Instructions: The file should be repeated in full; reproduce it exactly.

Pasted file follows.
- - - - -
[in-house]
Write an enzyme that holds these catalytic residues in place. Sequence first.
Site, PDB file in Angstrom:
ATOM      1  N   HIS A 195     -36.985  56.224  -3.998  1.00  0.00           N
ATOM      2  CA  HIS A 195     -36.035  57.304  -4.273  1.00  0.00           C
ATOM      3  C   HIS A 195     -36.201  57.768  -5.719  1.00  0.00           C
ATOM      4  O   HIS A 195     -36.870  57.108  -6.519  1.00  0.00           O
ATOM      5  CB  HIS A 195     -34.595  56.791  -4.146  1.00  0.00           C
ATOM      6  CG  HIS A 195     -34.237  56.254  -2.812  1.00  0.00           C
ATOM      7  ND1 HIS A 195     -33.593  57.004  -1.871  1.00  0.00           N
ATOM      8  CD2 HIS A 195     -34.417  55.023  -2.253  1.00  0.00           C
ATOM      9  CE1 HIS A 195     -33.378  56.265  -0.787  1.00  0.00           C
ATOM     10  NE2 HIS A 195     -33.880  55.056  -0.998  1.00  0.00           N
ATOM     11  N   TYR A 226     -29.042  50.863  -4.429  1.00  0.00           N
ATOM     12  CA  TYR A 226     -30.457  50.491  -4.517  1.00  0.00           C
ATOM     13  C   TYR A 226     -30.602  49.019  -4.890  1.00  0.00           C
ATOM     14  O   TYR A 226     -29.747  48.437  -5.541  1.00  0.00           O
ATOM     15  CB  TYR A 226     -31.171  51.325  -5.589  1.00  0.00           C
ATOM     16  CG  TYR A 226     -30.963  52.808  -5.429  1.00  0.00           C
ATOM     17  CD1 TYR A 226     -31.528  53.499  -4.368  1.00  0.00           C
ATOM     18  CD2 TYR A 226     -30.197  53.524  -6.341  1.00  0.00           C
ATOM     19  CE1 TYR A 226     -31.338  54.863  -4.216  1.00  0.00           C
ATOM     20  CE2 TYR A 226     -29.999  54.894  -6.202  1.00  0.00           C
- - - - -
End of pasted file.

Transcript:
[in-house]
Write an enzyme that holds these catalytic residues in place. Sequence first.
Site, PDB file in Angstrom:
ATOM      1  N   HIS A 195     -36.985  56.224  -3.998  1.00  0.00           N
ATOM      2  CA  HIS A 195     -36.035  57.304  -4.273  1.00  0.00           C
ATOM      3  C   HIS A 195     -36.201  57.768  -5.719  1.00  0.00           C
ATOM      4  O   HIS A 195     -36.870  57.108  -6.519  1.00  0.00           O
ATOM      5  CB  HIS A 195     -34.595  56.791  -4.146  1.00  0.00           C
ATOM      6  CG  HIS A 195     -34.237  56.254  -2.812  1.00  0.00           C
ATOM      7  ND1 HIS A 195     -33.593  57.004  -1.871  1.00  0.00           N
ATOM      8  CD2 HIS A 195     -34.417  55.023  -2.253  1.00  0.00           C
ATOM      9  CE1 HIS A 195     -33.378  56.265  -0.787  1.00  0.00           C
ATOM     10  NE2 HIS A 195     -33.880  55.056  -0.998  1.00  0.00           N
ATOM     11  N   TYR A 226     -29.042  50.863  -4.429  1.00  0.00           N
ATOM     12  CA  TYR A 226     -30.457  50.491  -4.517  1.00  0.00           C
ATOM     13  C   TYR A 226     -30.602  49.019  -4.890  1.00  0.00           C
ATOM     14  O   TYR A 226     -29.747  48.437  -5.541  1.00  0.00           O
ATOM     15  CB  TYR A 226     -31.171  51.325  -5.589  1.00  0.00           C
ATOM     16  CG  TYR A 226     -30.963  52.808  -5.429  1.00  0.00           C
ATOM     17  CD1 TYR A 226     -31.528  53.499  -4.368  1.00  0.00           C
ATOM     18  CD2 TYR A 226     -30.197  53.524  -6.341  1.00  0.00           C
ATOM     19  CE1 TYR A 226     -31.338  54.863  -4.216  1.00  0.00           C
ATOM     20  CE2 TYR A 226     -29.999  54.894  -6.202  1.00  0.00           C